Sean Thongsiri learned to cook alongside his mother and grandmother in Vientiane, Laos, but it was a lot of trial and error. Getting the best food for his dishes was easy, though. He frequented the town's market, where he culled relationships with local farmers and fisherman to ensure the best possible product. This is a practice he still clings to as head chef of Ele Fine Fusion restaurant, where his modern fusion style is alive in the food, as well as the decor. There, in the glow of handsome blond sconces and colorful landscape prints, guests sit on banquettes and enjoy sushi rolls, crispy duck, and steaming curry dishes, many fashioned with fresh organic vegetables.
The chefs at El Potrillo prepare authentic Mexican dishes using quality ingredients such as USDA-certified Angus beef, crisp vegetables, and housemade sauces. House specialties brimming with sweet scallops and pork carnitas arrive on sizzling molcajetes—traditional Mexican cooking tools made of volcanic rock. Healthy dishes include spinach enchiladas topped with green tomatillo sauce and chicken fajitas, all part of the massive nine-page menu that also features classic margaritas, wine, and imported and domestic beers.
Ever since it was founded a half century ago, Mitchell Farms has remained the beloved life's work of the Mitchell family. Situated on 1,500 acres of woods and fields, the farm produces crops such as peanuts, peaches, blueberries, and soybeans. It's also home to three century-old log cabins, each adorned with antiques, patchwork quilts, and other collectable pieces.
Throughout the year, visitors can tour the historic cabins, talk farming with the Mitchell family, or purchase homemade jams, jellies, and honey. The farm's peanuts have been a staple for more than 30 years and are now grown on a full 300 acres to accommodate demand. During the fall, guests can sample fresh-dug peanuts or take home dried nuts. The fall also brings with it the Mississippi Peanut Festival, as well as a slew of onsite autumnal activities. Families can tour the farm in a covered wagon or board the Pumpkin Express train. A play area keeps children active with rope swings, play equipment, and a scarecrow drill sergeant instructing kids to drop and give him candy corn.
Every day at Bruster’s Real Ice Cream, passionate ice-cream professionals craft fresh frozen treats while drawing from an arsenal of more than 140 recipes. At any given time, up to 24 different ice-cream flavors situate themselves on the shop’s menu, providing creamy canvases for a mélange of toppings including M&Ms, chocolate chips, fudge, and gummy worms. A lineup of yogurt, sorbet, and fat-free selections provide lighter yet equally satisfying alternatives to traditional cones, and chilled beverages such as iced coffees, shakes, and fresh-fruit smoothies challenge slurpers to sip until lips become permanently frozen in the shape of an ear-to-ear grin. In addition to dishing out treats from behind the counter, Bruster’s Real Ice Cream totes its refreshing repertoire to public functions and fundraisers, where the company typically donates a portion of its sales to the event’s cause.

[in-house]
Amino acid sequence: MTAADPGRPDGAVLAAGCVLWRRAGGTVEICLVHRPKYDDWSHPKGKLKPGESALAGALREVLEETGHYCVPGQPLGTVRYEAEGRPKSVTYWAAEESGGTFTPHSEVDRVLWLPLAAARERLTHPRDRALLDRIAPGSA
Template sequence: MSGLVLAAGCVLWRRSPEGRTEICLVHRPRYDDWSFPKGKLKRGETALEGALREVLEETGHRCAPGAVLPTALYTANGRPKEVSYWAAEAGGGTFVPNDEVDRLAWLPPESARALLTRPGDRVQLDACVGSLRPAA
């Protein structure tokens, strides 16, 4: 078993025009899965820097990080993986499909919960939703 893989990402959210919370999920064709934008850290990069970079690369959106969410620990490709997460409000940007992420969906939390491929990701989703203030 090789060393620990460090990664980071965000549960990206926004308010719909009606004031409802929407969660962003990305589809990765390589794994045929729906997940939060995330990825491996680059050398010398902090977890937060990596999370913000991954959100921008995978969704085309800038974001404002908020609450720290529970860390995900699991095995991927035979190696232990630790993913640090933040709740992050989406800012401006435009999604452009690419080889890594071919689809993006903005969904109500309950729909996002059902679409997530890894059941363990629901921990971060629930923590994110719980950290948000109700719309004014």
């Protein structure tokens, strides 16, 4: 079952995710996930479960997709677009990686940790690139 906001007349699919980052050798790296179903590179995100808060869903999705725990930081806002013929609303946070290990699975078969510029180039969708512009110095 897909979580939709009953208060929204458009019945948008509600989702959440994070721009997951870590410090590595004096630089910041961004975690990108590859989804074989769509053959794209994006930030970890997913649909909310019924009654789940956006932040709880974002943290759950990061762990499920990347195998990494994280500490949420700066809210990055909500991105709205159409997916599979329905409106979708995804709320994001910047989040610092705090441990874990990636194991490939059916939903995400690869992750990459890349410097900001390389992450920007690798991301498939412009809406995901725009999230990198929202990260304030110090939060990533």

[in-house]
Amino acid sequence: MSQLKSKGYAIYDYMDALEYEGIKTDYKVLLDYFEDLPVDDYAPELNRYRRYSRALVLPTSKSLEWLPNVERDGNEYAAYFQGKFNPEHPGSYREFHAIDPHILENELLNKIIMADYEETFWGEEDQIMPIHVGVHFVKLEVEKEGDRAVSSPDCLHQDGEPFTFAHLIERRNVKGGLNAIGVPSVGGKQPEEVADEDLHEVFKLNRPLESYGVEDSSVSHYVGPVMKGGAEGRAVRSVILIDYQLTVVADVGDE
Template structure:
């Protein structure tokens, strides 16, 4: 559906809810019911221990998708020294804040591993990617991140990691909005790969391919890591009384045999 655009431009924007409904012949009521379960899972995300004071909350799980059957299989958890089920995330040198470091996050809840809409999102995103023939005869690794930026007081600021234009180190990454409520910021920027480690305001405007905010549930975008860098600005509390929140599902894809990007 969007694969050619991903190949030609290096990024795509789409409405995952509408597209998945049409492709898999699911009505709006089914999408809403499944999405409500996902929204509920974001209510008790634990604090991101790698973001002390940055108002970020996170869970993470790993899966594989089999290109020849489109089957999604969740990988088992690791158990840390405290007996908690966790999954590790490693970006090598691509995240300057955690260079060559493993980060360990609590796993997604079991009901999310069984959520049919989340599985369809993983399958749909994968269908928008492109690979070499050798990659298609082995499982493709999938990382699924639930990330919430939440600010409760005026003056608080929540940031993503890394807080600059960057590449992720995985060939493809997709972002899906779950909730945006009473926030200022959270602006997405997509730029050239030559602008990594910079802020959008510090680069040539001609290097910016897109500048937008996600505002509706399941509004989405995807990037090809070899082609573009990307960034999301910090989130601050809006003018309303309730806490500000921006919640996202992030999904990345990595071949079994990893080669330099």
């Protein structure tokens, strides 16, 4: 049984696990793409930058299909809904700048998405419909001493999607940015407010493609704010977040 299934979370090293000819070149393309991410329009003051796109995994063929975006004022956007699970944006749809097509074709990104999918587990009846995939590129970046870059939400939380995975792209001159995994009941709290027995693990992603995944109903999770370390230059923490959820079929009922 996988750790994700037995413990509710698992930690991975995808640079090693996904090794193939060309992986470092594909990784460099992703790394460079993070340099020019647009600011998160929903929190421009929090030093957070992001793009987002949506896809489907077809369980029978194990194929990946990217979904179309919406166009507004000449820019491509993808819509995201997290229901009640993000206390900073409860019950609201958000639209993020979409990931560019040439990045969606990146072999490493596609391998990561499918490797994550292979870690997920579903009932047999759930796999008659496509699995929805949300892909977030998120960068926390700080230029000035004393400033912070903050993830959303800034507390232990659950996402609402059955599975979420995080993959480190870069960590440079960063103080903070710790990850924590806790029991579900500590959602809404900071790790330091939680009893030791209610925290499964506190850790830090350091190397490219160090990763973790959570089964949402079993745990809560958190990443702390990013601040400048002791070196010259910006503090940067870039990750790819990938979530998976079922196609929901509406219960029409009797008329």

At Bop's Frozen Custard, sweets specialists whip up cold desserts in the same way that vendors did under the carnival lights of Coney Island in 1919. With fewer tiny air bubbles than traditional ice cream and a serving temperature of 26 degrees, frozen custard provides a dessert experience that’s as smooth and rich as John D. Rockefeller swimming in an olive-oil pool. The dessert artists design specialties such as frozen-custard turtle sundaes with fudge, caramel, and pecans and super-thick concrete shakes packed with loads of fruits and candies.
More than 50 years go, Mike Ilitch was poised for major-league glory. An up-and-coming shortstop for the Detroit Tigers, his baseball finesse was blossoming when an injury derailed his sports career. But although the wound stunted his athletic aspirations, it steered him toward a new path, and on May 8, 1959, he and his wife opened the first Little Caesars location, a then-unheard-of carry-out-only joint. The career shift and novel technique eventually proved triumphant. Today, the pizzeria's iconic, toga-clad mascot adorns storefronts on five continents. In each shop, staffers forge the signature Hot-N-Ready pizza, a freshly baked pizza designed for instant pickup, and warm, garlicky Crazy bread. With a storied half century under their belt, Mike Ilitch and his family strive to give back, supporting local organizations and creating their own charitable programs.